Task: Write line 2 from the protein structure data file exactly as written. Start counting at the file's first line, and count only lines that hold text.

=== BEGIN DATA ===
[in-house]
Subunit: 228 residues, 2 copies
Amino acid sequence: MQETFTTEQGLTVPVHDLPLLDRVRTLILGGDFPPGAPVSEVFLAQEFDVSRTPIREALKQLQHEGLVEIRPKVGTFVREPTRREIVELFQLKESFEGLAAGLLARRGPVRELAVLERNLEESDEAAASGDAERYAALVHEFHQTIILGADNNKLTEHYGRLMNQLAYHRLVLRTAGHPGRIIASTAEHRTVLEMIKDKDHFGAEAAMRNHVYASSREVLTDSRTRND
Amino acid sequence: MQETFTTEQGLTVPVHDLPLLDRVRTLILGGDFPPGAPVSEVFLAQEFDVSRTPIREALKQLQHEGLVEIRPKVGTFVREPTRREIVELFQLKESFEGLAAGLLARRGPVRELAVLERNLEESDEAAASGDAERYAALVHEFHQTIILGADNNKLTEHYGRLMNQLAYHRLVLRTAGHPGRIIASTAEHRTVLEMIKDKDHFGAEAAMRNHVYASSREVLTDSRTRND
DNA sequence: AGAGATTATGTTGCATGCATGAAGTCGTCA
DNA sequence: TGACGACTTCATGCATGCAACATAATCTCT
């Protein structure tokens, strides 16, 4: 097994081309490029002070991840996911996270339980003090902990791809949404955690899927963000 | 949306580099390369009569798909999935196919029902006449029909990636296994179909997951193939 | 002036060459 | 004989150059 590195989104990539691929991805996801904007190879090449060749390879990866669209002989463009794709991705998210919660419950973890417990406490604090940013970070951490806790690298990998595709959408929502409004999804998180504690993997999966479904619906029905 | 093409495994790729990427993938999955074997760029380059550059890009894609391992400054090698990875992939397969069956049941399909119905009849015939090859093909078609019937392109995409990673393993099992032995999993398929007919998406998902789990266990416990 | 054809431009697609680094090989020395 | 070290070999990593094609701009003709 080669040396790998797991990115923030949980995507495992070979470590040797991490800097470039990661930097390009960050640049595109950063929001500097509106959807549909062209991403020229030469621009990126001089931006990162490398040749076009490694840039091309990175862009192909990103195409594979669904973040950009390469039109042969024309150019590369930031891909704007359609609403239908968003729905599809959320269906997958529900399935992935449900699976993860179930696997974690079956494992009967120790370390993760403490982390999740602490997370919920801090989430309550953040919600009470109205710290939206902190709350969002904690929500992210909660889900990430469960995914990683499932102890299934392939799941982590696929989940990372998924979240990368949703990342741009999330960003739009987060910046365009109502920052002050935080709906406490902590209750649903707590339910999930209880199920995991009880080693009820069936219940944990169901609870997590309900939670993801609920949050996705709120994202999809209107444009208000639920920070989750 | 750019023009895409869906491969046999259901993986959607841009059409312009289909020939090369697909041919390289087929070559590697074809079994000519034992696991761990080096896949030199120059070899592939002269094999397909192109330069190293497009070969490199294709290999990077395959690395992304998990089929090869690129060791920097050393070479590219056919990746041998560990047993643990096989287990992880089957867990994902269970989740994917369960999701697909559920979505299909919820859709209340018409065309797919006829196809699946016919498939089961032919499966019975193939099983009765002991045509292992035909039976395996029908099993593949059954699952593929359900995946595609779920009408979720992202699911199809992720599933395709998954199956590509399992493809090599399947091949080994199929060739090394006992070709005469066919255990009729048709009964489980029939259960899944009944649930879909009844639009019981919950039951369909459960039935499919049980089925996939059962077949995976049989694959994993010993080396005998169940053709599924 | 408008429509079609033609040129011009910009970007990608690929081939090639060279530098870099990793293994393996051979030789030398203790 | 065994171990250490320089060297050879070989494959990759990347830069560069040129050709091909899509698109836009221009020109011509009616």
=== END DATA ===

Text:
Subunit: 228 residues, 2 copies